Rabbi Areyah Kaltmann of the Lori Schottenstein Chabad Center in New Albany, prepares to light the menorah with the help Holocaust survivor, Abe Weinrib, Saturday, Dec. 8, 2012 in Columbus, Ohio. The start of Hanukkah on Saturday night had special meaning for Weinrib, a Holocaust survivor in Ohio who turns 100 next week. As a victim of the Holocaust, "it's a miracle I survived," Weinrib, who will turn 100 on Tuesday. (AP Photo/Lori Schottenstein Chabad Center, Laurence Gilbert)

  • Hanukkah In Columbus, Ohio

    Rabbi Areyah Kaltmann, left, of the Lori Schottenstein Chabad Center in New Albany, prepares to light the menorah with the help Holocaust survivor Abe Weinrib, Saturday, Dec. 8, 2012, in Columbus, Ohio. The start of Hanukkah on Saturday night had special meaning for Weinrib, a Holocaust survivor in Ohio who turns 100 next week. As a victim of the Holocaust, "it's a miracle I survived," says Weinrib, who will turn 100 on Tuesday. (AP Photo/Lori Schottenstein Chabad Center, Laurence Gilbert)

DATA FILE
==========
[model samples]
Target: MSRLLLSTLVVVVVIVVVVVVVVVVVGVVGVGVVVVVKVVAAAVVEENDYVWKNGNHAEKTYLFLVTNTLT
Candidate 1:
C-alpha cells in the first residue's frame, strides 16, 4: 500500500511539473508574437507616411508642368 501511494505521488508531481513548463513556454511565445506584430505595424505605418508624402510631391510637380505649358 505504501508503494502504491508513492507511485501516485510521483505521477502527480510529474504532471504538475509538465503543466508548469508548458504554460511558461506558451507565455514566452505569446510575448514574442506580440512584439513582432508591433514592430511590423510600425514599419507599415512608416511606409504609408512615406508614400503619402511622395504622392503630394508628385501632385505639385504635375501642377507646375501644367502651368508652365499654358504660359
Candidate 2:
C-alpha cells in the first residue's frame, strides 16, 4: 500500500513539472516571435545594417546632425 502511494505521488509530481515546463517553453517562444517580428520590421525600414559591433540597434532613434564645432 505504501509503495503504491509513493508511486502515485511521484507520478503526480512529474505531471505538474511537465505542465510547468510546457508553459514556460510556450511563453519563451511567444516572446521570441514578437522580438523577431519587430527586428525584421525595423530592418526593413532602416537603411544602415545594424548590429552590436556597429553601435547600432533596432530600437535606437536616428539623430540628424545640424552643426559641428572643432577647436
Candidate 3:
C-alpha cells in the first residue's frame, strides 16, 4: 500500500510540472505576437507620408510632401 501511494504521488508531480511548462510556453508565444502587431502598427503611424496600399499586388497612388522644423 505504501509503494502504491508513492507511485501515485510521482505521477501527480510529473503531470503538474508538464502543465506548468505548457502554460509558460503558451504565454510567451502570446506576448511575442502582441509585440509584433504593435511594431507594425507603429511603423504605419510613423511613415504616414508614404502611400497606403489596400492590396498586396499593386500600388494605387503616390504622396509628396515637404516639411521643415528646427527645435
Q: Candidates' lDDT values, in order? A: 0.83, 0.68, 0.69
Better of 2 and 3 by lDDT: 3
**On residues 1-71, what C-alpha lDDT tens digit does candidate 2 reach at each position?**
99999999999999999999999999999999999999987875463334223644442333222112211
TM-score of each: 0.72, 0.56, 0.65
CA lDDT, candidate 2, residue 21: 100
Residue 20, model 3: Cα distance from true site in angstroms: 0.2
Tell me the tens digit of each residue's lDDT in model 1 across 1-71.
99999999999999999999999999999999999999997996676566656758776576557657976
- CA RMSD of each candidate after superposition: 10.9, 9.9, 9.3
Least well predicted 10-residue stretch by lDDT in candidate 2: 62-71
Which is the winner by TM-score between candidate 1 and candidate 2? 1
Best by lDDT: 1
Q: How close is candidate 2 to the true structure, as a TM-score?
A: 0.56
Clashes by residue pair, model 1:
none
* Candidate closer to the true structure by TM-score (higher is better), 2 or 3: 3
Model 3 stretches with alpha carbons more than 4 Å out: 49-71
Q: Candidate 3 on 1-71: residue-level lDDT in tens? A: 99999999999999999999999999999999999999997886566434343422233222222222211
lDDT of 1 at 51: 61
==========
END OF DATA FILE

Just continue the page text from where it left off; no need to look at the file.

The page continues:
• Hanukkah In Moscow

    Jews celebrate the festival of Hanukkah, in Moscow on December 8, 2012. The annual 'Festival of Lights' marks the rebellion of Maccabee Jews against the Greeks in 165 BC, which some believers say included a number of miracles pointing to divine providence. AFP PHOTO / ANDREY SMIRNOV (Photo credit should read ANDREY SMIRNOV/AFP/Getty Images)

  • Hanukkah in Moscow